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5000 - Statements of Policy


The FDIC has long recognized the importance of minority depository institutions in the financial system and their unique role in promoting the economic viability of minority and under-served communities. The FDIC historically has implemented programs to preserve and promote these financial institutions. This Statement of Policy describes the framework the FDIC has put into place and the initiatives the FDIC will undertake to fulfill its statutory goals with respect to minority depository institutions (MDI Program).

Statutory Framework

In August 1989, Congress enacted the Financial Institutions Reform, Recovery, and Enforcement Act of 1989 (FIRREA). Section 308 of FIRREA established the following goals:

* Preserve the number of minority depository institutions;

* Preserve the minority character in cases of merger or acquisition;

* Provide technical assistance to prevent insolvency of institutions not now insolvent;

* Promote and encourage creation of new minority depository institutions; and

* Provide for training, technical assistance, and educational programs.


Section 308 of FIRREA defines "minority depository institution" as any federally insured depository institution where 51 percent or more of the voting stock is owned by one or more "socially and economically disadvantaged individuals." "Minority," as defined by Section 308 of FIRREA, means any "Black American, Native American, Hispanic American, or Asian American." Therefore, for the purposes of this Statement of Policy, "minority depository institution" is defined as any federally insured depository institution where 51 percent or more of the voting stock is owned by minority individuals. This includes institutions collectively owned by a group of minority individuals, such as a Native American tribe. Ownership must be by U.S. citizens or permanent legal U.S. residents to be counted in determining minority ownership. In addition to the institutions that meet the ownership test, for the purposes of this Statement of Policy, institutions will be considered minority depository institutions if a majority of the Board of Directors consists of minority individuals and the community that the institution serves is predominantly minority.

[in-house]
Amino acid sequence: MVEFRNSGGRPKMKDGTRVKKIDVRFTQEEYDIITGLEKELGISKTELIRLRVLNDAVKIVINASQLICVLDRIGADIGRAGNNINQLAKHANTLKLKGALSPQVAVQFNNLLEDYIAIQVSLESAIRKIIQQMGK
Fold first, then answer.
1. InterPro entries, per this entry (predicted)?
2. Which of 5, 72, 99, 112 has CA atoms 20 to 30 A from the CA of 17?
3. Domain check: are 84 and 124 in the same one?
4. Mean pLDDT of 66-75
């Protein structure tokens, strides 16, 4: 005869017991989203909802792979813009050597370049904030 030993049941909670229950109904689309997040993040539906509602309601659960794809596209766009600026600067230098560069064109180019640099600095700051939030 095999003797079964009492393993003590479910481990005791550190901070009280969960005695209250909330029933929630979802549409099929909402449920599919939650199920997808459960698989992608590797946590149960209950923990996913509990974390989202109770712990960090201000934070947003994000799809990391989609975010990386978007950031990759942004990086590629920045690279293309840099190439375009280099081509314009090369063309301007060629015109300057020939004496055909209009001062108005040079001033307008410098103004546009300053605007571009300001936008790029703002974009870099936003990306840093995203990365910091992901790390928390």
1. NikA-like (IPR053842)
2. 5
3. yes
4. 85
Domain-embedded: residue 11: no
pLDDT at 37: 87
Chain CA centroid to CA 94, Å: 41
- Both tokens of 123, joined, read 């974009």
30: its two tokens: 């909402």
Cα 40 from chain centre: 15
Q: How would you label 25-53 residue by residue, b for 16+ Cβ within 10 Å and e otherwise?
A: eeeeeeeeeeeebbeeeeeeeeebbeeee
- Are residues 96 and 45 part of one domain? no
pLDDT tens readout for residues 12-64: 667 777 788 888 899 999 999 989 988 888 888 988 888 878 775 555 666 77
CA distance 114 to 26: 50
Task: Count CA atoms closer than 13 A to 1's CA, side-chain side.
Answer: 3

Identification of Minority Depository Institutions

To ensure that all minority depository institutions are able to participate in the MDI program, the FDIC will maintain a list of federally insured minority depository institutions. Institutions that are not already identified as minority depository institutions can request to be designated as such by certifying that they meet the above definition. For institutions supervised directly by the FDIC, examiners will review the appropriateness of their inclusion on the list during the examination process. In addition, case managers in regional offices will note changes to the list while processing deposit insurance applications, merger applications, change of control notices, or failures of minority depository institutions. The FDIC will work closely with the other federal banking regulators to capture accurately on the list institutions not directly supervised by the FDIC. In addition, the FDIC will periodically provide the list to relevant trade associations and seek input regarding the accuracy of the list. Inclusion in the FDIC's MDI program is voluntary. Any minority depository institution not wishing to participate in the MDI program will be removed from the official list upon request.

Organizational Structure